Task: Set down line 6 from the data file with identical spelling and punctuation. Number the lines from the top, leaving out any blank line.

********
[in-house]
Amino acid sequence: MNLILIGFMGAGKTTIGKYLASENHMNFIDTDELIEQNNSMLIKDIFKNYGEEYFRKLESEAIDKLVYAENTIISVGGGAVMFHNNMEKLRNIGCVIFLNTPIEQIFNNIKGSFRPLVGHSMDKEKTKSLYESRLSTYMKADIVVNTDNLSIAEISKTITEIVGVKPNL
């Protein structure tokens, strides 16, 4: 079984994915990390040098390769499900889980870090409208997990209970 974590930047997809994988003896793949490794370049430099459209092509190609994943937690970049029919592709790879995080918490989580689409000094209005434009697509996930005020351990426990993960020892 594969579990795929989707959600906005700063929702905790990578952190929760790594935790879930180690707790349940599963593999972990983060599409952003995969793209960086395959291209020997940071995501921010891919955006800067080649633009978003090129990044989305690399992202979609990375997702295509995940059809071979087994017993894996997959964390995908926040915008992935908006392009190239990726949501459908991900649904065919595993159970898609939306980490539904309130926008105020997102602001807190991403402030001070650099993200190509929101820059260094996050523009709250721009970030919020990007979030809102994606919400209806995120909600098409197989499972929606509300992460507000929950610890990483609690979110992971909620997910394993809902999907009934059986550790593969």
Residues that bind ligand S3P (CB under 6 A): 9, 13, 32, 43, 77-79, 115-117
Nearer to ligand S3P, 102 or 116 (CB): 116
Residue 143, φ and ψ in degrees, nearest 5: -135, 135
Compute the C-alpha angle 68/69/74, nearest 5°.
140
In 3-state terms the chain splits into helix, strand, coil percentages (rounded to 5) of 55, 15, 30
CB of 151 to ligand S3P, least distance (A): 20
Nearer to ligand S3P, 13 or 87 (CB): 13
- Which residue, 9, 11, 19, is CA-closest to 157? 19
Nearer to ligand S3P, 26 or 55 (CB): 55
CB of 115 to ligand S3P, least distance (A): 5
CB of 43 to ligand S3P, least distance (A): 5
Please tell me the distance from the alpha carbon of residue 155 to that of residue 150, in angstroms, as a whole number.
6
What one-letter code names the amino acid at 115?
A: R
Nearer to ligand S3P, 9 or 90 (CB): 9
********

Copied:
Residue 143, φ and ψ in degrees, nearest 5: -135, 135